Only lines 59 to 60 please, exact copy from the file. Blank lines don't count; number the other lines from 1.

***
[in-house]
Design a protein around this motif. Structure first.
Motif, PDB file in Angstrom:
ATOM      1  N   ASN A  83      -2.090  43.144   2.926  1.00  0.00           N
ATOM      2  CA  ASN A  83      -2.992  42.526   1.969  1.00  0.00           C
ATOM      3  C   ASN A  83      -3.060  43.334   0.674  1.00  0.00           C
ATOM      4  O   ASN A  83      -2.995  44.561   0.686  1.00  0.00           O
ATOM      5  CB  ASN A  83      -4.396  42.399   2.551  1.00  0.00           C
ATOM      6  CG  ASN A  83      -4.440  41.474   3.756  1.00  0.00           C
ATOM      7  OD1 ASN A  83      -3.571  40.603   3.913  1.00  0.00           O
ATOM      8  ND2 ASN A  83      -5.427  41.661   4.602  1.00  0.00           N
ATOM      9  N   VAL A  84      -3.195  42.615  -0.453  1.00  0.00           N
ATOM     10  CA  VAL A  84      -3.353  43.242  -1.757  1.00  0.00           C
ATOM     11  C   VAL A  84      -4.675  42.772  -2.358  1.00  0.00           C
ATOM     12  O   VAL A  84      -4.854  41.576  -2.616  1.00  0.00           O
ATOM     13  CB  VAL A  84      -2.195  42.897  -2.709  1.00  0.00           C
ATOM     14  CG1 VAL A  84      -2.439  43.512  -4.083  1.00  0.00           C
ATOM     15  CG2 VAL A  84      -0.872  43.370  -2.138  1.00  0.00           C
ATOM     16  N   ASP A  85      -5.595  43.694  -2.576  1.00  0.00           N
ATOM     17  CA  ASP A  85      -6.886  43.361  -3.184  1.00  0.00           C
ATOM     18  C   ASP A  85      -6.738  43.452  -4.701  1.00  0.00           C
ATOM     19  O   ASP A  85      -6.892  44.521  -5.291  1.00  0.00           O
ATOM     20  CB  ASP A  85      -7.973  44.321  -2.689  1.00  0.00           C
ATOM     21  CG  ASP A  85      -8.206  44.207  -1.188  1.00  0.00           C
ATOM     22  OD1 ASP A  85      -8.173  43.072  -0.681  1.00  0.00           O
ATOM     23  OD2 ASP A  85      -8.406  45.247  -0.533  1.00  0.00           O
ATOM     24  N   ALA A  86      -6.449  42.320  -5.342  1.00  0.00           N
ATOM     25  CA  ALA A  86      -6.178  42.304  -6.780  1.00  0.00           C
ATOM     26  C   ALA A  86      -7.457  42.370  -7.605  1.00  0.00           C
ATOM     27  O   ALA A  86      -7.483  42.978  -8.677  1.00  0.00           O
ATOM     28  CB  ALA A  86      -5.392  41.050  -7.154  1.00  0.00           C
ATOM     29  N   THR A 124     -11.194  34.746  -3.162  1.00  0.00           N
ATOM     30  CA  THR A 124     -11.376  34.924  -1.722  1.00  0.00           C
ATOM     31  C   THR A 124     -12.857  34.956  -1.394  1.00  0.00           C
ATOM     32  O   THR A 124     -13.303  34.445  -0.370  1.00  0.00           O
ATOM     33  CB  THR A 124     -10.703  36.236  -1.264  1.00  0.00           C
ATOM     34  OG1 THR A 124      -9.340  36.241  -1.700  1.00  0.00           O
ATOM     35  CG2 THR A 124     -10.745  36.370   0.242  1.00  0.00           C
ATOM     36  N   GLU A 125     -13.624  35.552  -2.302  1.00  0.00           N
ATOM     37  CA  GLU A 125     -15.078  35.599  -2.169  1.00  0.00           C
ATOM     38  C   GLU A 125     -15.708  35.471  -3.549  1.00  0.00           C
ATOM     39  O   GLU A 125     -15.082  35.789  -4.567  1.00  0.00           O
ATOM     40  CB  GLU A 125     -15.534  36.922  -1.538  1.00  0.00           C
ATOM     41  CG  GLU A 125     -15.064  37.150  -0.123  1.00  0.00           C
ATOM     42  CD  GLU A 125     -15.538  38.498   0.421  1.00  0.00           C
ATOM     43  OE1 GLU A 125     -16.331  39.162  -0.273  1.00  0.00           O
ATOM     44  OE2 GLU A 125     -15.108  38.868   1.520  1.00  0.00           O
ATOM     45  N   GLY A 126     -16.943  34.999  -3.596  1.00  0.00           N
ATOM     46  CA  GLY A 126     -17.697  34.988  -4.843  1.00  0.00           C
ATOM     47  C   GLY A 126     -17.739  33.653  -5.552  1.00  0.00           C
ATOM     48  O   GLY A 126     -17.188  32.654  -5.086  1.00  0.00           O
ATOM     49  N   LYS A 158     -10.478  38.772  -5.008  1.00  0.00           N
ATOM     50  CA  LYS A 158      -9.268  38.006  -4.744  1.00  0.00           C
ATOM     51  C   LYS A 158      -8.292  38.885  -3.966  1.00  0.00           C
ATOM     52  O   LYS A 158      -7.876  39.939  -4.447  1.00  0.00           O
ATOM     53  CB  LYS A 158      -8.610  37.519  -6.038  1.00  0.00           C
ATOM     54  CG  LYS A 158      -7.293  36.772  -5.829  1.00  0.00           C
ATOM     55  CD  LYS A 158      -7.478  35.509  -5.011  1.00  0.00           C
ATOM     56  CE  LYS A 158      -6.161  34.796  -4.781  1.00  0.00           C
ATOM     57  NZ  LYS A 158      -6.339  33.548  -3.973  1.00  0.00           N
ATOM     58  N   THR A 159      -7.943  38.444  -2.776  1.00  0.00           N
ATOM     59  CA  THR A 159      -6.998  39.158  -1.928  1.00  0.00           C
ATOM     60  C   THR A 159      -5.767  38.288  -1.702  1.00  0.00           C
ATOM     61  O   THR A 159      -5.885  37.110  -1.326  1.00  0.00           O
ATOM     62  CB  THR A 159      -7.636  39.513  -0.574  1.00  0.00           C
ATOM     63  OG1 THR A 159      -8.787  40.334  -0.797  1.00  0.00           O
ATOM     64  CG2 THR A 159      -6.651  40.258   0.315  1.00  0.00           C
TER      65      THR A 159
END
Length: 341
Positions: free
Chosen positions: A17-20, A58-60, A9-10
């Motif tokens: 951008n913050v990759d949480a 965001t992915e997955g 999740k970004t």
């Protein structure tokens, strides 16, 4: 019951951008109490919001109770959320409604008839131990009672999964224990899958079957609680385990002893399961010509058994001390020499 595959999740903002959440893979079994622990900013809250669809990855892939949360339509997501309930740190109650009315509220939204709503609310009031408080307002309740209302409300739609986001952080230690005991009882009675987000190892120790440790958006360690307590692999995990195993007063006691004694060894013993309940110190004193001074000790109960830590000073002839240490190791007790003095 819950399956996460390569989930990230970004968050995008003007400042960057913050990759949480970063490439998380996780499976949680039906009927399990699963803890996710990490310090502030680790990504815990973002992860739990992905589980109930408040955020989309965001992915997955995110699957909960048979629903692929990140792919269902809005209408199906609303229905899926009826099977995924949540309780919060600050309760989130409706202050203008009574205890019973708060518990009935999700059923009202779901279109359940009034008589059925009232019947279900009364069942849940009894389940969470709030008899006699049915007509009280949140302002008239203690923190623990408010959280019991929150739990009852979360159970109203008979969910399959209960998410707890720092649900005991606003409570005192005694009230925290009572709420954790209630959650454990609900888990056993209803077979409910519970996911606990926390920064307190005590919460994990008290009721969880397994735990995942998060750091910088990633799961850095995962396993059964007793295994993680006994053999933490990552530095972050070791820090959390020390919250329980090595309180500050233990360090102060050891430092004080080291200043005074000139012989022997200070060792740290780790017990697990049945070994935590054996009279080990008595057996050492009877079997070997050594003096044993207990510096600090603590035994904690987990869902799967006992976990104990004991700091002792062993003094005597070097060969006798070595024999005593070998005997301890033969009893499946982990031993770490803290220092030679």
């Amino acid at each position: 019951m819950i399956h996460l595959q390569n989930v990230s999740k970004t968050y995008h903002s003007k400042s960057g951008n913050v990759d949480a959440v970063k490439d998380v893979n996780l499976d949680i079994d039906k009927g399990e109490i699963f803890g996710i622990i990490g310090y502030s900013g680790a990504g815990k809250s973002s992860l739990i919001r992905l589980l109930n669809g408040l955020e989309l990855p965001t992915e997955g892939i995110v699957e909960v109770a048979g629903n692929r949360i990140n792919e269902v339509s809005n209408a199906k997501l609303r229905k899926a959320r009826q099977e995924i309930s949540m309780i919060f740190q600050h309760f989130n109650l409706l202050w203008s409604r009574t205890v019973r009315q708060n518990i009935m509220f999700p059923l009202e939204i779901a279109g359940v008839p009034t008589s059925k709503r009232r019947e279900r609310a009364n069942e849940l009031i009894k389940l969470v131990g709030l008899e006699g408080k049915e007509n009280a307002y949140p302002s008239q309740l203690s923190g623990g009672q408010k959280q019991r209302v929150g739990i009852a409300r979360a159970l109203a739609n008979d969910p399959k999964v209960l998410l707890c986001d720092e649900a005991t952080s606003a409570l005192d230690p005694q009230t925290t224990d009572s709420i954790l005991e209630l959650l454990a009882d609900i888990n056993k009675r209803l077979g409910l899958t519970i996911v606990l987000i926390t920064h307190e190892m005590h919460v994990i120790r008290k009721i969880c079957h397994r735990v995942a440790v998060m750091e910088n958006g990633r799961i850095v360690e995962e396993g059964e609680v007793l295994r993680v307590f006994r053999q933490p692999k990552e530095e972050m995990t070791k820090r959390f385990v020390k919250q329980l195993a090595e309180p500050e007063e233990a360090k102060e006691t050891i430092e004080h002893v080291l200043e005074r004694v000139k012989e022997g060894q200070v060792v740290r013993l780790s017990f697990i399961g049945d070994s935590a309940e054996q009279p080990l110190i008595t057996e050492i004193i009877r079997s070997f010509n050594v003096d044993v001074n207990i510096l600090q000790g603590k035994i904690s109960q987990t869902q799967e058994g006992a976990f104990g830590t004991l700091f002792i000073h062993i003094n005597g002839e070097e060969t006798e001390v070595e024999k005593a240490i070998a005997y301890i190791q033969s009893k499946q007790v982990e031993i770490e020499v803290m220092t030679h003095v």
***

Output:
ATOM     56  CE  LYS A 158      -6.161  34.796  -4.781  1.00  0.00           C
ATOM     57  NZ  LYS A 158      -6.339  33.548  -3.973  1.00  0.00           N